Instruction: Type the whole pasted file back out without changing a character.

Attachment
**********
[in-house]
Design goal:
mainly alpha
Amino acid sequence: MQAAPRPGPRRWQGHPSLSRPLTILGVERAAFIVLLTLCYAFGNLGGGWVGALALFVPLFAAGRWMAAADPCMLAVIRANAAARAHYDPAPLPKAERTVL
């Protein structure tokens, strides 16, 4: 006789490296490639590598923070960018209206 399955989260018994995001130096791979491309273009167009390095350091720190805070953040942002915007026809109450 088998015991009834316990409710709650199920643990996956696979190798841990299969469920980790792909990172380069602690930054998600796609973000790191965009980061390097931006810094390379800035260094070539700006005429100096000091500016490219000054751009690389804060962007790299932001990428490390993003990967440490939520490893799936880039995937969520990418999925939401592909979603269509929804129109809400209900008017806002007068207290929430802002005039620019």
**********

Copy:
[in-house]
Design goal:
mainly alpha
Amino acid sequence: MQAAPRPGPRRWQGHPSLSRPLTILGVERAAFIVLLTLCYAFGNLGGGWVGALALFVPLFAAGRWMAAADPCMLAVIRANAAARAHYDPAPLPKAERTVL
């Protein structure tokens, strides 16, 4: 006789490296490639590598923070960018209206 399955989260018994995001130096791979491309273009167009390095350091720190805070953040942002915007026809109450 088998015991009834316990409710709650199920643990996956696979190798841990299969469920980790792909990172380069602690930054998600796609973000790191965009980061390097931006810094390379800035260094070539700006005429100096000091500016490219000054751009690389804060962007790299932001990428490390993003990967440490939520490893799936880039995937969520990418999925939401592909979603269509929804129109809400209900008017806002007068207290929430802002005039620019």